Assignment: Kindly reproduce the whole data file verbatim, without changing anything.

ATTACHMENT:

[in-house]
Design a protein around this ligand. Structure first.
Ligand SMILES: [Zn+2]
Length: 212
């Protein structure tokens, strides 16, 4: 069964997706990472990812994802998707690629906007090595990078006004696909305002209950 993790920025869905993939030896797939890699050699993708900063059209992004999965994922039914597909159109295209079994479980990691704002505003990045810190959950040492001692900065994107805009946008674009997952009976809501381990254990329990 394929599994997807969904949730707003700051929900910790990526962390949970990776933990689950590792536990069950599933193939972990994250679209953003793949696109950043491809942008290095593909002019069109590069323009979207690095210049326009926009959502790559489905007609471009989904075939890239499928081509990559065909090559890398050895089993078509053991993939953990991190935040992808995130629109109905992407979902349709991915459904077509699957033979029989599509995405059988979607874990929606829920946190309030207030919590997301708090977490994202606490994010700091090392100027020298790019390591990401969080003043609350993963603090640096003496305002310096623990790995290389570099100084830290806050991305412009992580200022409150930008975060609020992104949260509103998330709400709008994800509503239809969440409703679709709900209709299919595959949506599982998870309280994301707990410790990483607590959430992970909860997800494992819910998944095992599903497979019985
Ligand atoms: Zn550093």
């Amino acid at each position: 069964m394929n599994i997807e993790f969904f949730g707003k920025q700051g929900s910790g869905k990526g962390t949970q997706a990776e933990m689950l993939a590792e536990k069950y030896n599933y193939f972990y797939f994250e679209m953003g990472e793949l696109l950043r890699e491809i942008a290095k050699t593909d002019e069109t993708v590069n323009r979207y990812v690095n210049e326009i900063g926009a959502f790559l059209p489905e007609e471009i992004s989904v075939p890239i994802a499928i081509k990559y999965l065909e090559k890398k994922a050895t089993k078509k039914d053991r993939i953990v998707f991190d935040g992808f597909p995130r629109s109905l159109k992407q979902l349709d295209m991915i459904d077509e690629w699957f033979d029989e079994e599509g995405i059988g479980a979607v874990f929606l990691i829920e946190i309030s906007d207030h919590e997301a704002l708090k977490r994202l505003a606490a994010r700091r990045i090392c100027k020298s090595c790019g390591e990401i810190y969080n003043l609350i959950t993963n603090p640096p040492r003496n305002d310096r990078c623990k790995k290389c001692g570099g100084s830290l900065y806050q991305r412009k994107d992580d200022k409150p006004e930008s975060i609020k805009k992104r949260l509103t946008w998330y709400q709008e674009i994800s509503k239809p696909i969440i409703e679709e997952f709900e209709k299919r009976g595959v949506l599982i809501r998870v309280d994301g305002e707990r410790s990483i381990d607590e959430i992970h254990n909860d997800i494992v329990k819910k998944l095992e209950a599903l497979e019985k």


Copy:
[in-house]
Design a protein around this ligand. Structure first.
Ligand SMILES: [Zn+2]
Length: 212
């Protein structure tokens, strides 16, 4: 069964997706990472990812994802998707690629906007090595990078006004696909305002209950 993790920025869905993939030896797939890699050699993708900063059209992004999965994922039914597909159109295209079994479980990691704002505003990045810190959950040492001692900065994107805009946008674009997952009976809501381990254990329990 394929599994997807969904949730707003700051929900910790990526962390949970990776933990689950590792536990069950599933193939972990994250679209953003793949696109950043491809942008290095593909002019069109590069323009979207690095210049326009926009959502790559489905007609471009989904075939890239499928081509990559065909090559890398050895089993078509053991993939953990991190935040992808995130629109109905992407979902349709991915459904077509699957033979029989599509995405059988979607874990929606829920946190309030207030919590997301708090977490994202606490994010700091090392100027020298790019390591990401969080003043609350993963603090640096003496305002310096623990790995290389570099100084830290806050991305412009992580200022409150930008975060609020992104949260509103998330709400709008994800509503239809969440409703679709709900209709299919595959949506599982998870309280994301707990410790990483607590959430992970909860997800494992819910998944095992599903497979019985
Ligand atoms: Zn550093």
């Amino acid at each position: 069964m394929n599994i997807e993790f969904f949730g707003k920025q700051g929900s910790g869905k990526g962390t949970q997706a990776e933990m689950l993939a590792e536990k069950y030896n599933y193939f972990y797939f994250e679209m953003g990472e793949l696109l950043r890699e491809i942008a290095k050699t593909d002019e069109t993708v590069n323009r979207y990812v690095n210049e326009i900063g926009a959502f790559l059209p489905e007609e471009i992004s989904v075939p890239i994802a499928i081509k990559y999965l065909e090559k890398k994922a050895t089993k078509k039914d053991r993939i953990v998707f991190d935040g992808f597909p995130r629109s109905l159109k992407q979902l349709d295209m991915i459904d077509e690629w699957f033979d029989e079994e599509g995405i059988g479980a979607v874990f929606l990691i829920e946190i309030s906007d207030h919590e997301a704002l708090k977490r994202l505003a606490a994010r700091r990045i090392c100027k020298s090595c790019g390591e990401i810190y969080n003043l609350i959950t993963n603090p640096p040492r003496n305002d310096r990078c623990k790995k290389c001692g570099g100084s830290l900065y806050q991305r412009k994107d992580d200022k409150p006004e930008s975060i609020k805009k992104r949260l509103t946008w998330y709400q709008e674009i994800s509503k239809p696909i969440i409703e679709e997952f709900e209709k299919r009976g595959v949506l599982i809501r998870v309280d994301g305002e707990r410790s990483i381990d607590e959430i992970h254990n909860d997800i494992v329990k819910k998944l095992e209950a599903l497979e019985k």